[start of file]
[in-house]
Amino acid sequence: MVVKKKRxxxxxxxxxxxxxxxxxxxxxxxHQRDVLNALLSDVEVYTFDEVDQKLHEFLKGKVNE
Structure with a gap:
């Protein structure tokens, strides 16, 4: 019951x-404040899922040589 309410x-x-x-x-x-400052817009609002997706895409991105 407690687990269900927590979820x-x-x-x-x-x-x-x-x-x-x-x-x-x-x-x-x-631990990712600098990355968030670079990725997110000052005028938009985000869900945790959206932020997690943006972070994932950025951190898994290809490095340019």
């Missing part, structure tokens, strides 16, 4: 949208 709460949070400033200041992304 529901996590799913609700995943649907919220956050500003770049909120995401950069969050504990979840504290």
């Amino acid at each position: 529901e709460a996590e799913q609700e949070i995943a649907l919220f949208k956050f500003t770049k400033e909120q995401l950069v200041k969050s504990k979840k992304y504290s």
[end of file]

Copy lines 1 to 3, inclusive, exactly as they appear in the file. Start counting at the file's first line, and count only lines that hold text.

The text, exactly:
[in-house]
Amino acid sequence: MVVKKKRxxxxxxxxxxxxxxxxxxxxxxxHQRDVLNALLSDVEVYTFDEVDQKLHEFLKGKVNE
Structure with a gap: